Worldwide acclaimed artist resides in The Woodlands
THE WOODLANDS, Texas -- Cheng Lian, a resident of The Woodlands, has an extraordinary talent: oil painting. With his own studio located in the comfort of his own home, the quaint space says nothing for all of the wonderful pieces of artwork it contains. The walls of the studio are covered with gorgeous paintings he has completed over the years. From portraits to landscapes, it is a breathtaking and beautiful sight. Lian is a professional oil painter and has traveled all over the world to observe people and scenery that are reflected in his work.
The worldwide acclaimed artist still involves himself in the local community, emphasizing the importance of culture and art. Cheng Lian is a member of the Woodlands Art League, where he and other artists further practice their talent with portrait groups, workshops and much more.
With his beaming personality, Lian’s eyes light up when he talks about his passion for art as well as other artists.
“After you learn art, you open big windows for your whole life," Lian said. "Your point of view and your thinking are totally different. You will love this world and enjoy your life much more because of art. You appreciate everything: from nature to people. You can see and feel that life is so beautiful. I never feel enough. I want to live longer and longer because with art, you can appreciate so many things around you.”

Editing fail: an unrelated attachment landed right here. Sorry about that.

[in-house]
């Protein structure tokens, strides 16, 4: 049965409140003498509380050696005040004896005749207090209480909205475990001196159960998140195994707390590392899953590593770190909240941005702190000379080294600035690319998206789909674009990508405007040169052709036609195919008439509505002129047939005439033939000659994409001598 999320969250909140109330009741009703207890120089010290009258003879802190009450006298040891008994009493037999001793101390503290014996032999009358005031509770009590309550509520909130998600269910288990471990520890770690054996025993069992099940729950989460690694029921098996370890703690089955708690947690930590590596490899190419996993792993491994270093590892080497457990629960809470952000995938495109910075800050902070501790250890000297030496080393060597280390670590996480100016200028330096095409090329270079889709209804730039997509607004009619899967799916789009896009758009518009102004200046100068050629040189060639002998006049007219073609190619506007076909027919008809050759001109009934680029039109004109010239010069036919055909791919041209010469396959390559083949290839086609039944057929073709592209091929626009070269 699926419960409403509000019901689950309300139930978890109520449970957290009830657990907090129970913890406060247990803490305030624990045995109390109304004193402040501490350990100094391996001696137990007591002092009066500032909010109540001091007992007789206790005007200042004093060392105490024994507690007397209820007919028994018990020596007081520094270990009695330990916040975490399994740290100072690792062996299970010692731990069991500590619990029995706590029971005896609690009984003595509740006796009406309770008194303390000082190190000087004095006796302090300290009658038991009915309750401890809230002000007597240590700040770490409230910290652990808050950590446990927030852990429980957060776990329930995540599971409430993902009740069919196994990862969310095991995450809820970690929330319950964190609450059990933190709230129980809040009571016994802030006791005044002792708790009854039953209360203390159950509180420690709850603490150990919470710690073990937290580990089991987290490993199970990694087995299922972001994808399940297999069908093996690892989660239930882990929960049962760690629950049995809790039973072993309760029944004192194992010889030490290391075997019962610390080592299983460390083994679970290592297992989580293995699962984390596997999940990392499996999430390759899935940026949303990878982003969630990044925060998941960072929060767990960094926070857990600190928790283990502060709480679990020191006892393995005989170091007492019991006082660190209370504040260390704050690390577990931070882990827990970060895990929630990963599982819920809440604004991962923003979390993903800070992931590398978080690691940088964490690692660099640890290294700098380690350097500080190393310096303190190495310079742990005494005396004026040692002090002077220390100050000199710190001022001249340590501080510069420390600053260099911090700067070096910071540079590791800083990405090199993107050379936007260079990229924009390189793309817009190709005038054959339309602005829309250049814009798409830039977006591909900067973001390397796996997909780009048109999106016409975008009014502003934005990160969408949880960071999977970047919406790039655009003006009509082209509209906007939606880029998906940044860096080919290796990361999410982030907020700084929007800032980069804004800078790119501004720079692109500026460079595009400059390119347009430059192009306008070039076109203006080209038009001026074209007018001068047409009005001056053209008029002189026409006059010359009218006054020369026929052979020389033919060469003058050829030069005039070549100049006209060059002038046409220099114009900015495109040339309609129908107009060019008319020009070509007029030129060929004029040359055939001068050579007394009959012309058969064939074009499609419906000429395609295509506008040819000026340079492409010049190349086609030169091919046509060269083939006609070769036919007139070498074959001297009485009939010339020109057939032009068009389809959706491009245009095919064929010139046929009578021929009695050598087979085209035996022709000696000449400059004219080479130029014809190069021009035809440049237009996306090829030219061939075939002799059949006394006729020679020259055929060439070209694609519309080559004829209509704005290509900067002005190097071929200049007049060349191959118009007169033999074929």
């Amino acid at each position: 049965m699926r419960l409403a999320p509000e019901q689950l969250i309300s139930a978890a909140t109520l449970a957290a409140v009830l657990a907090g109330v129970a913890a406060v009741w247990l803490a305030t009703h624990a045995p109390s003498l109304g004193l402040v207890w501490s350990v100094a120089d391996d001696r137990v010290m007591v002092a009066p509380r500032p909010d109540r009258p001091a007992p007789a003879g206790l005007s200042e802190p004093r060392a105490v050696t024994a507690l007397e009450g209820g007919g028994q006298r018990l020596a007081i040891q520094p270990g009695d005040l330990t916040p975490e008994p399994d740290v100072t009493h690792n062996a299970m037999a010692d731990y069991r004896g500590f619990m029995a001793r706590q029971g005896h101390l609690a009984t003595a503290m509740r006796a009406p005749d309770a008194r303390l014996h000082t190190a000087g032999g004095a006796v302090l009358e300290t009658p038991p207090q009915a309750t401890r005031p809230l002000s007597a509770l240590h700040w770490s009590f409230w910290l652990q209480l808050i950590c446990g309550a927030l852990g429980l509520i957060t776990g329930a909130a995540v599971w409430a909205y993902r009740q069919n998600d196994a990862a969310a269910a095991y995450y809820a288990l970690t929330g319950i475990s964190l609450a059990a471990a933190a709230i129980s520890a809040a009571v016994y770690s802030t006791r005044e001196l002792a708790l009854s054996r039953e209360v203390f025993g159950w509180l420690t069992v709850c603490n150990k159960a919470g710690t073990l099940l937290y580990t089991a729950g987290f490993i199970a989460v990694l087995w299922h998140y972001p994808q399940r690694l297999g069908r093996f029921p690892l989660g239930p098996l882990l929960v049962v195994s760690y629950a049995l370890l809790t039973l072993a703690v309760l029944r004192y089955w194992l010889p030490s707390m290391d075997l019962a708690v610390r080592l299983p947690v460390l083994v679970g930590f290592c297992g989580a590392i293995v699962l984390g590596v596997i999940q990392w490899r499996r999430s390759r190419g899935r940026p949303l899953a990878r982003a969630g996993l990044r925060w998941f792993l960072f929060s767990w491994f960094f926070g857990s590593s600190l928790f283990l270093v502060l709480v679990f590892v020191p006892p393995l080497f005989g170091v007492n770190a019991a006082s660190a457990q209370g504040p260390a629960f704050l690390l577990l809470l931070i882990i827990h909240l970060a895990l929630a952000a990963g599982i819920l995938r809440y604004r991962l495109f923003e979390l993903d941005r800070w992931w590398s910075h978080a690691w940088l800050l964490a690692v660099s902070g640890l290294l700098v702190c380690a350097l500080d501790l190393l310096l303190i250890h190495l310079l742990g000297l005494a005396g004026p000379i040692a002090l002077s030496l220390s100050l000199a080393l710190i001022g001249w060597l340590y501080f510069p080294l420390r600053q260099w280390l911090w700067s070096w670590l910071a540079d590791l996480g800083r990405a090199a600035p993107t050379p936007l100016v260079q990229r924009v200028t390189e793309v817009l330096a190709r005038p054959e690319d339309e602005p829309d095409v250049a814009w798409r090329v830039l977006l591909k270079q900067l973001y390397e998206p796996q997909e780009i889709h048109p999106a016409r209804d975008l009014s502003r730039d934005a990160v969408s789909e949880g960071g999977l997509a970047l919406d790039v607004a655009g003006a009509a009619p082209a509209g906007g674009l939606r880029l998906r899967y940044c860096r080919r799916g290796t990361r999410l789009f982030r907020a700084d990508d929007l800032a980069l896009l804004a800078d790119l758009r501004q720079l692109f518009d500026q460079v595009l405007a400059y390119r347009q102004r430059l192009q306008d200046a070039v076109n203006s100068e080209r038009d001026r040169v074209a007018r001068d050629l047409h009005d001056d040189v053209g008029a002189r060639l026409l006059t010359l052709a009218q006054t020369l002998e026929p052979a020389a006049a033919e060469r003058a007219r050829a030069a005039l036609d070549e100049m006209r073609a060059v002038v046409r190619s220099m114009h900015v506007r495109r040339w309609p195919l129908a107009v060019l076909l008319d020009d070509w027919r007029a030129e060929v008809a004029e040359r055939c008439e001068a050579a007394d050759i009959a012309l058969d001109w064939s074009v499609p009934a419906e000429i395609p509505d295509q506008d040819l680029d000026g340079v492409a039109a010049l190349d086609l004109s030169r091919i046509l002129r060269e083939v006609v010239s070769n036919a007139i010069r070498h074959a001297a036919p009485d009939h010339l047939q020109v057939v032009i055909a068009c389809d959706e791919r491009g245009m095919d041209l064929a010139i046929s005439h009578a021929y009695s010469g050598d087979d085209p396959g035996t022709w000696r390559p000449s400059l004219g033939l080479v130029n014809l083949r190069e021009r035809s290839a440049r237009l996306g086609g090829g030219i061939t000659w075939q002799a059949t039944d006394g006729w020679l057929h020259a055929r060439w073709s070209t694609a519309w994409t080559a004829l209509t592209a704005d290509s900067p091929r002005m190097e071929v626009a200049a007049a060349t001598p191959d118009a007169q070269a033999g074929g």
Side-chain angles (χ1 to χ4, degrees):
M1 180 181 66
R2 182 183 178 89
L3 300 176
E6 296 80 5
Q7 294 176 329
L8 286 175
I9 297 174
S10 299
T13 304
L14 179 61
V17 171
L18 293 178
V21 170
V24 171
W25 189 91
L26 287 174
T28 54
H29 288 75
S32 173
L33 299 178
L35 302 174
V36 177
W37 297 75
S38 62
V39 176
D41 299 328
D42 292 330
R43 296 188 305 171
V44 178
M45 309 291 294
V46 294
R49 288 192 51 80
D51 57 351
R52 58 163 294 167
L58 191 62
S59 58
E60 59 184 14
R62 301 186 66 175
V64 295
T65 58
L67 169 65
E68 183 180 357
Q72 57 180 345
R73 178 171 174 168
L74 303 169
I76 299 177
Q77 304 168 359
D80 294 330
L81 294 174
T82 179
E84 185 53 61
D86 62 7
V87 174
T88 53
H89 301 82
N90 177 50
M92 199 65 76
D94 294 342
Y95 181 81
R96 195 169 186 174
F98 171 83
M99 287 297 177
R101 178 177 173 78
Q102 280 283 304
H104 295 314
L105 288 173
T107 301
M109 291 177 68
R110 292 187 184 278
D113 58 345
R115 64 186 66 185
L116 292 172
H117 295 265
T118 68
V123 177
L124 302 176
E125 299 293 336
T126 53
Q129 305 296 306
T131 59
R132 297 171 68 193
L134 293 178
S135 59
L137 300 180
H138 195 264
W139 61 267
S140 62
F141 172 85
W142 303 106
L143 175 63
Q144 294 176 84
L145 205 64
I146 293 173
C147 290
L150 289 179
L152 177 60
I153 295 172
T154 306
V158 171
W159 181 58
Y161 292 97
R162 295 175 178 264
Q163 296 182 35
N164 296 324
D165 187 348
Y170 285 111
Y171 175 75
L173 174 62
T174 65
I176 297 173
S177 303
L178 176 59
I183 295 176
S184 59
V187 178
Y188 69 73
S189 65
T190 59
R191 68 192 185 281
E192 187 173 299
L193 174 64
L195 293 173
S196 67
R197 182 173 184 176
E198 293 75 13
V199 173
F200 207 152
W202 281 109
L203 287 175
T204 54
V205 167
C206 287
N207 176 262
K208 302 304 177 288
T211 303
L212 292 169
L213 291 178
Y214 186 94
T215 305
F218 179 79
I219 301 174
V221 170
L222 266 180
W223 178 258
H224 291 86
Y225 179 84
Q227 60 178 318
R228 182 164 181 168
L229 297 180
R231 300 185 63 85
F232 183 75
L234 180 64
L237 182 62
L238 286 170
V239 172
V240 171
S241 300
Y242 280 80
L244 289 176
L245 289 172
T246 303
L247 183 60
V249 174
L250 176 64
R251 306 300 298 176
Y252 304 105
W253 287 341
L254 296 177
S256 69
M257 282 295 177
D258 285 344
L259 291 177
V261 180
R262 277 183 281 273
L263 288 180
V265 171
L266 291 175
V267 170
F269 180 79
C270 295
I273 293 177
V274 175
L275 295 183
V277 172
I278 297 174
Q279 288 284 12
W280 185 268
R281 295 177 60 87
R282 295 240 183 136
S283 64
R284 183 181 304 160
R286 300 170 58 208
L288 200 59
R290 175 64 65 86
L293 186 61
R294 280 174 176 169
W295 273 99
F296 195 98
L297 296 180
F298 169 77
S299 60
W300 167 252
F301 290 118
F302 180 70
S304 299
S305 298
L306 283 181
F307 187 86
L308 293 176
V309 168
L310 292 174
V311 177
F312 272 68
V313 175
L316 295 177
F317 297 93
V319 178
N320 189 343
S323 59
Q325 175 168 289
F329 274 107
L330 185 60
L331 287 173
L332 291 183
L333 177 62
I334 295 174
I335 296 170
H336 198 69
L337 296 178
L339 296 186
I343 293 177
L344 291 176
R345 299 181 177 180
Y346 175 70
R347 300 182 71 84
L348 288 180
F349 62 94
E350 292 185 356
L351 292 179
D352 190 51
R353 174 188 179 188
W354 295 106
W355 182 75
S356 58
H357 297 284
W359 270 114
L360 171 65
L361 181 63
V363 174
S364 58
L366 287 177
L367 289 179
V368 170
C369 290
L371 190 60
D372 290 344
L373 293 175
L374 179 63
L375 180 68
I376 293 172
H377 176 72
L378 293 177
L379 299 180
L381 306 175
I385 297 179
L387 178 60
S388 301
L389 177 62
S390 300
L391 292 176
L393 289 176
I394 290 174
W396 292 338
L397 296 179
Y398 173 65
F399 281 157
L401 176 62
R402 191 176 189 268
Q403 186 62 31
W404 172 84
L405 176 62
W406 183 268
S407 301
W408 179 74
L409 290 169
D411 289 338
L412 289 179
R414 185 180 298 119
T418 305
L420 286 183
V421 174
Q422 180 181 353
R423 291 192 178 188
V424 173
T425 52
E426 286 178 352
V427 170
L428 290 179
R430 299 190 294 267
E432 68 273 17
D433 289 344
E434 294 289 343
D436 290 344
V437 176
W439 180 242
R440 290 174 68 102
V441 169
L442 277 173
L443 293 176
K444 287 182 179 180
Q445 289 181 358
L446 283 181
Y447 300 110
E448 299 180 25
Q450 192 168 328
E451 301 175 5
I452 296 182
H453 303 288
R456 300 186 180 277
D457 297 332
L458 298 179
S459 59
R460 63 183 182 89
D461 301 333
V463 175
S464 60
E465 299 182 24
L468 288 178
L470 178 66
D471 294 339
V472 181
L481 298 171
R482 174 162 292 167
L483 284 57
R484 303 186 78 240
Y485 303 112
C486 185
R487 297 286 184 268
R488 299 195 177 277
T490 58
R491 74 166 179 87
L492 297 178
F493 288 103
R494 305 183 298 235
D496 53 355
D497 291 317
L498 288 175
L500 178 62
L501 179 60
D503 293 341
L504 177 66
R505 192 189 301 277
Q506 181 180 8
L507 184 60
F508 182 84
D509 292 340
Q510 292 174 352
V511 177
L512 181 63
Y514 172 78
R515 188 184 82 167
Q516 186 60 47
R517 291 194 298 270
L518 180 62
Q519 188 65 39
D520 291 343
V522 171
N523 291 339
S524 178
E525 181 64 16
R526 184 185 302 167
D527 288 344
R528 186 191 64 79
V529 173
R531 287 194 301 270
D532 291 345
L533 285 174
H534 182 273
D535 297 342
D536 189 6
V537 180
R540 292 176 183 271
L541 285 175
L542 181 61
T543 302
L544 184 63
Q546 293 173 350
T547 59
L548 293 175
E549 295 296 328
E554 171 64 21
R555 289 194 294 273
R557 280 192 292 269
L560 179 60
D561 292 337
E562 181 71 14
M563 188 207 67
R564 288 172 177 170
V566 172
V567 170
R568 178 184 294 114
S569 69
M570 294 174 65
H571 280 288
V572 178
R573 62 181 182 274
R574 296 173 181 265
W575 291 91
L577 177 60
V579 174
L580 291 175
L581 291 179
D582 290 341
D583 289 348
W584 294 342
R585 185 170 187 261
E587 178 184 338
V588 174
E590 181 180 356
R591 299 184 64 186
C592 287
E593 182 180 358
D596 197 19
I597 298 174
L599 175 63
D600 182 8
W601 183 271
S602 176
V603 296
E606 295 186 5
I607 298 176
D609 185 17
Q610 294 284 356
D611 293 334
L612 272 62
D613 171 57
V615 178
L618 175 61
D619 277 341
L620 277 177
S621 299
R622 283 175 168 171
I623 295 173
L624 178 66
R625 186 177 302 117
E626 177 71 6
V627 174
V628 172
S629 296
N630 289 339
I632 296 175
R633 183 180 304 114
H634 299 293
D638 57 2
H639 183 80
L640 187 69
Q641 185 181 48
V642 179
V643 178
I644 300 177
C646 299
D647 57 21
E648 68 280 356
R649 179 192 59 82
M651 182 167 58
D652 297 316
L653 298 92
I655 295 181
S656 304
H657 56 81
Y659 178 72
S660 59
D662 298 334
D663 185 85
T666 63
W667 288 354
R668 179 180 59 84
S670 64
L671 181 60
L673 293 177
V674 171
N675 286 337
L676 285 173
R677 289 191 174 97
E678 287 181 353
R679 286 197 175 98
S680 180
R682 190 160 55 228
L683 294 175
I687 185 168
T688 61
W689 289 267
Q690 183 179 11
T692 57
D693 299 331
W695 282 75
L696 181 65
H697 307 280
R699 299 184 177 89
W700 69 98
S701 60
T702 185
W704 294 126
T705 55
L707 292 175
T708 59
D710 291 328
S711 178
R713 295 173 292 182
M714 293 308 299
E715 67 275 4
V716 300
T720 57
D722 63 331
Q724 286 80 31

One could say that a love for art runs in Cheng Lian’s blood. In 1955, Lian was born in Shanghai, China to an upper-class family already full of talent. His father, a famous pastel artist and professor, was the first to open Lian’s eyes to the world of art.
Because of his father’s status in China, Lian had a thriving childhood. He was able to develop a strong educational foundation by attending boarding school. Seeing his father paint everyday after coming home from school, he and his younger brother would sit and draw just for fun. It was clear from an early age that Cheng Lian had a talent, a huge talent.
However, when Lian was still a child, his life changed dramatically.
“Unfortunately, when I was 11 years old, very bad things happened in China because of the Cultural Revolution,” recalled Lian.
Starting in 1966, a social-political movement took place in the People’s Republic of China. With a goal to enforce Communism, the Communist Party set out to remove the traditional, cultural and capitalist aspects of the country. The ramifications affected China economically and socially, and as a result, Lian’s father was forced to stop painting for close to 10 years. Being cut off from his art and income, he had to turn to labor-intensive jobs to support the family. Lian’s father would come home from work and could no longer paint, so he took up carpentry. Lian even recalls his father building his own Chinese violin to play.
“He would build a violin by himself because there was nothing else for him to do. It was like art for him,” said Lian.